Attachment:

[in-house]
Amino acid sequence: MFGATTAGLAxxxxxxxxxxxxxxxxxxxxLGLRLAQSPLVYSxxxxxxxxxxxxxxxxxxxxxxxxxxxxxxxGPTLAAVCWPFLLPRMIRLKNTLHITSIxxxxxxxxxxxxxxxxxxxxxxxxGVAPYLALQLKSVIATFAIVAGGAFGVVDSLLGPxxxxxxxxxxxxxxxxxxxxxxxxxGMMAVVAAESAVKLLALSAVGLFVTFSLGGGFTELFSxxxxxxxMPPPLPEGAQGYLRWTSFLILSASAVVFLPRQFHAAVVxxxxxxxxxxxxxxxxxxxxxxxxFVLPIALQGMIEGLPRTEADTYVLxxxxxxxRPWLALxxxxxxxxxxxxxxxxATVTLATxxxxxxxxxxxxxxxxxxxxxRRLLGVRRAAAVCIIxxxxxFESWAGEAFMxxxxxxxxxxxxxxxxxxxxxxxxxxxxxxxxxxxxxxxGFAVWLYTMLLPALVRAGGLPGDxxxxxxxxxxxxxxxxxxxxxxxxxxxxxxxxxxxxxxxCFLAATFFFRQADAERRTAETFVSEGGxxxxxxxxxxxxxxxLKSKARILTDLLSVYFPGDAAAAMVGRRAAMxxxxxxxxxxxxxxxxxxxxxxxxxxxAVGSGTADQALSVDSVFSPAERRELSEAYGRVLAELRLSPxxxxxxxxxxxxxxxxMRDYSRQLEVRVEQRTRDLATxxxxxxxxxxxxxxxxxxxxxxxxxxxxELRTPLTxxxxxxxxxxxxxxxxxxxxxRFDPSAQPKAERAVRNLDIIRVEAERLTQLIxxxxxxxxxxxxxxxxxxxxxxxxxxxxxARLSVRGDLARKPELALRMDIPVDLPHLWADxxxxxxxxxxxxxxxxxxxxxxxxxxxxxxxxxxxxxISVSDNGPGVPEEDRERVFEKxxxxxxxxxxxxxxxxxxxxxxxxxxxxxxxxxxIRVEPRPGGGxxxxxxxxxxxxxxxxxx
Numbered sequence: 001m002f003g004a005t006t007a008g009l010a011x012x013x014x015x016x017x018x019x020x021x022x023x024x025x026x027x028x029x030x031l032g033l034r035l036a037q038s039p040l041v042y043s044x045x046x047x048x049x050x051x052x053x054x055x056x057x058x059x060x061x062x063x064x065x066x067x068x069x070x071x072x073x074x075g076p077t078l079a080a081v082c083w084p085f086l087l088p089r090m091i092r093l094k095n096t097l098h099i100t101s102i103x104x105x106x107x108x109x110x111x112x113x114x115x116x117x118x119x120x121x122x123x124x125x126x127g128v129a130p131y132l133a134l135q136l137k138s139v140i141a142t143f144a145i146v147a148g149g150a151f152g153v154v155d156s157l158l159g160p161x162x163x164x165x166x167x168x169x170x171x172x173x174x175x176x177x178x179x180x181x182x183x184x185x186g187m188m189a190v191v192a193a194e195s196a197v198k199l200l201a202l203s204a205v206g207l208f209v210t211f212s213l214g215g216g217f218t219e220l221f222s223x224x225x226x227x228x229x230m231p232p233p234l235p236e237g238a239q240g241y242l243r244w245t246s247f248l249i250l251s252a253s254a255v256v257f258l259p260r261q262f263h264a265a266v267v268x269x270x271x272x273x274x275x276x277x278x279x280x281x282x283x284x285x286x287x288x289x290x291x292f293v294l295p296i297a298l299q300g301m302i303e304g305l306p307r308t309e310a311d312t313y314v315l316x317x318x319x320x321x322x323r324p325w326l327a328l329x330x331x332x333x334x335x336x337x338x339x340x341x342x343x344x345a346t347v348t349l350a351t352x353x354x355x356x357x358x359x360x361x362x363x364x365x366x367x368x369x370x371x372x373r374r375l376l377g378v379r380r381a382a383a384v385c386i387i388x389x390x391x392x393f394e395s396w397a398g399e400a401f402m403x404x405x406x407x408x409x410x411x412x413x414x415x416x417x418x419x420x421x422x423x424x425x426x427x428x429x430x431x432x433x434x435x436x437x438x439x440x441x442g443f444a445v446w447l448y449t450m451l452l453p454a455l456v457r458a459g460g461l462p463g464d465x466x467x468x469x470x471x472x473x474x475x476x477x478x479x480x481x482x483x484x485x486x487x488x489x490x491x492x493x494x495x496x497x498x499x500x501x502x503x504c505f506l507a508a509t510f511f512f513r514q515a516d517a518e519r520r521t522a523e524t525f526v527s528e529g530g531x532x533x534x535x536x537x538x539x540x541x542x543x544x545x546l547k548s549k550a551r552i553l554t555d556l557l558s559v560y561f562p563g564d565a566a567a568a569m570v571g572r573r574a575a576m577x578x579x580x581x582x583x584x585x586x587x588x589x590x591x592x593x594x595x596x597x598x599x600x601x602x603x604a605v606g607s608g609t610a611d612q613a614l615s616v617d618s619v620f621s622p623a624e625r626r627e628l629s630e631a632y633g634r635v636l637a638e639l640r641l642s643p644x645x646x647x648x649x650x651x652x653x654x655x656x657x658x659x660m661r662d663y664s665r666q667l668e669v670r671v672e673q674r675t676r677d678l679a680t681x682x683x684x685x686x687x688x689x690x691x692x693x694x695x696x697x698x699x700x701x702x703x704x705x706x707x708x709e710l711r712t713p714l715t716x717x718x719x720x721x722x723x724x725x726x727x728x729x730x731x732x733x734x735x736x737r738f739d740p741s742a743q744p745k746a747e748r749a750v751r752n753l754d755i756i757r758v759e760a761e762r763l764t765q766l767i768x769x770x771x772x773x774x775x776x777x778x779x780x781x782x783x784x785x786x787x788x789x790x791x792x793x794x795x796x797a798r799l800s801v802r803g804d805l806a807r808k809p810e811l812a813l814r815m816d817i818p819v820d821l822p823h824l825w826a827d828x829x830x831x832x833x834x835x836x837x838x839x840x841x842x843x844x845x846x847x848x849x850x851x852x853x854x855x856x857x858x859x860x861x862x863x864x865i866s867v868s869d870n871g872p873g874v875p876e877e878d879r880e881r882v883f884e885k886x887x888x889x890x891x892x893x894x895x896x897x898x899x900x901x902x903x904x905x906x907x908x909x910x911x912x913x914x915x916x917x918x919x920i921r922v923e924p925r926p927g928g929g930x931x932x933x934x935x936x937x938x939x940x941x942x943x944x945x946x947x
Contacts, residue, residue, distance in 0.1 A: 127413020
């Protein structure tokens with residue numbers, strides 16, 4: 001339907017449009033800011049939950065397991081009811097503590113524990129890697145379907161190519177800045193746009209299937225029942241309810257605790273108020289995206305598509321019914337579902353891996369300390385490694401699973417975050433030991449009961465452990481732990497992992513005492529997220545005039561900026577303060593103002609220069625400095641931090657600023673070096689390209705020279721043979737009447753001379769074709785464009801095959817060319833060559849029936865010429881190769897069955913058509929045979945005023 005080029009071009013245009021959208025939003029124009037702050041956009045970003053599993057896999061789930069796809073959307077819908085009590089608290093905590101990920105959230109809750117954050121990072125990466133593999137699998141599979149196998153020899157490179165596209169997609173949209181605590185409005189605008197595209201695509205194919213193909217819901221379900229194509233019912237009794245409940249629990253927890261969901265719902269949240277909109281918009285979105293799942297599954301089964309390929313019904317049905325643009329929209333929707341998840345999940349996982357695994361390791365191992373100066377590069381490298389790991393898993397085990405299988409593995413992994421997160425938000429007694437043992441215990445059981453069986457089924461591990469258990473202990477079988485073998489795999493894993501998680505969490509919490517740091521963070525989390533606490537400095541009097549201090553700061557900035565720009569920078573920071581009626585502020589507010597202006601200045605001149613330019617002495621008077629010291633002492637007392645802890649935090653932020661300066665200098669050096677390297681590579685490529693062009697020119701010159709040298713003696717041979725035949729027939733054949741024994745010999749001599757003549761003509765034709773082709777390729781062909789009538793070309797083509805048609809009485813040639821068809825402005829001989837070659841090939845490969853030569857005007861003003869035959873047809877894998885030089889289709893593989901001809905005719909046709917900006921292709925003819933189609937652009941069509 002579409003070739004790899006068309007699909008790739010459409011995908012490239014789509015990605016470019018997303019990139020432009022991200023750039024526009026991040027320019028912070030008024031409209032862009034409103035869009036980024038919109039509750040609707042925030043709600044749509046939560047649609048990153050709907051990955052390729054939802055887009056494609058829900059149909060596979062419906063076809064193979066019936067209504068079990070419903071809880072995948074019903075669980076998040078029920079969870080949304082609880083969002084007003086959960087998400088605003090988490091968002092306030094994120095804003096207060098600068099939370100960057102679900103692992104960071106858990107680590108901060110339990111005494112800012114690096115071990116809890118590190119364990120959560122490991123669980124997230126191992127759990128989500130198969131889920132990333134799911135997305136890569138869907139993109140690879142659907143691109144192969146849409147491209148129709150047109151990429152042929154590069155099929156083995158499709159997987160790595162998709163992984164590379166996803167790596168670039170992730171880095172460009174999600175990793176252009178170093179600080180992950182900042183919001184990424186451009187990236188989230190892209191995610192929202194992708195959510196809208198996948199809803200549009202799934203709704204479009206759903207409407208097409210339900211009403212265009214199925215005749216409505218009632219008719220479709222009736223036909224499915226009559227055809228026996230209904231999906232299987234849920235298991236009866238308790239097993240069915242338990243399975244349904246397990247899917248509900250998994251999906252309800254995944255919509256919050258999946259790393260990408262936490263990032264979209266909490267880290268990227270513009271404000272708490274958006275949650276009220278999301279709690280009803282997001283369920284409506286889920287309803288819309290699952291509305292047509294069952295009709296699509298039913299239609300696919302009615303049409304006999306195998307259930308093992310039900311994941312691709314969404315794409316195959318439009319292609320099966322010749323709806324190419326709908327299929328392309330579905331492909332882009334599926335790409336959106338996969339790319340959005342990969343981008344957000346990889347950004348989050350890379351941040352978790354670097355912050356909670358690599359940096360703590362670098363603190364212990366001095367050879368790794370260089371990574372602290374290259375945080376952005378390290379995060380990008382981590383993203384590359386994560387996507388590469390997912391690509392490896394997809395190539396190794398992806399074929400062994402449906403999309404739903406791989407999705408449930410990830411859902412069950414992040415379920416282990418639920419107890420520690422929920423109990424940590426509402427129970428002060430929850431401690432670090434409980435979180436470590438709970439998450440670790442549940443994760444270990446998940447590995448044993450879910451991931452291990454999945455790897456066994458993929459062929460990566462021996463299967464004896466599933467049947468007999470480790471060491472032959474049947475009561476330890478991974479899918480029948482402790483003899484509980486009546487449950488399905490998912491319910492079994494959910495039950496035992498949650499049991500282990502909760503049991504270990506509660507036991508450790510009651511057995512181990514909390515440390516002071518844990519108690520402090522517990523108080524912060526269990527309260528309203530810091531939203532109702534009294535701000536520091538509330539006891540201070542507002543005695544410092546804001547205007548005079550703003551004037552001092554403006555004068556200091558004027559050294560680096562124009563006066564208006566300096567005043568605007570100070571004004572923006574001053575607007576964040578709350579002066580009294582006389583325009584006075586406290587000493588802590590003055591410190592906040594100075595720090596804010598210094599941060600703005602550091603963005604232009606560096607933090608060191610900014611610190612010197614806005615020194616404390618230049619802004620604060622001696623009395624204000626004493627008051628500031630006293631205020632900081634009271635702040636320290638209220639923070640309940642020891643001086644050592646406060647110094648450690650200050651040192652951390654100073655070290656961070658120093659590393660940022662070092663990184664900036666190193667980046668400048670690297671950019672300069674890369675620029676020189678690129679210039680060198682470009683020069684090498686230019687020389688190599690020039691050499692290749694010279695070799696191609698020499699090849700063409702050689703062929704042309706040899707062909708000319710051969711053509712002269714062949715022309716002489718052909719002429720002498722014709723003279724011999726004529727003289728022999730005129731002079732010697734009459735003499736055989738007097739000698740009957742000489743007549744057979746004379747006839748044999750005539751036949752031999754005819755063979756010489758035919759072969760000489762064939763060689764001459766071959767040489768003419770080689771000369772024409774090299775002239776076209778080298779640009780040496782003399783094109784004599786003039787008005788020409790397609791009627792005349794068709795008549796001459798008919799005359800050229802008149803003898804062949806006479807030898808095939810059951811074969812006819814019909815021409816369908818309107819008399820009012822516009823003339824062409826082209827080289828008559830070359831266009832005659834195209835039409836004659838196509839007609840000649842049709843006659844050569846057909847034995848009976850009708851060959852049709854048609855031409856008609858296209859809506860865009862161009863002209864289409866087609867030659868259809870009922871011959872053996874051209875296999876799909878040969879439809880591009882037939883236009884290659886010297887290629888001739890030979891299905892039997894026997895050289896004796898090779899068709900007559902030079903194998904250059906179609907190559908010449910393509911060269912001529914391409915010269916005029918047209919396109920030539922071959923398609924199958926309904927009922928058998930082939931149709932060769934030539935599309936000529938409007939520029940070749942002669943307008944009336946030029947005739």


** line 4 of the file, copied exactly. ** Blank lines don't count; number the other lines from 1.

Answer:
Contacts, residue, residue, distance in 0.1 A: 127413020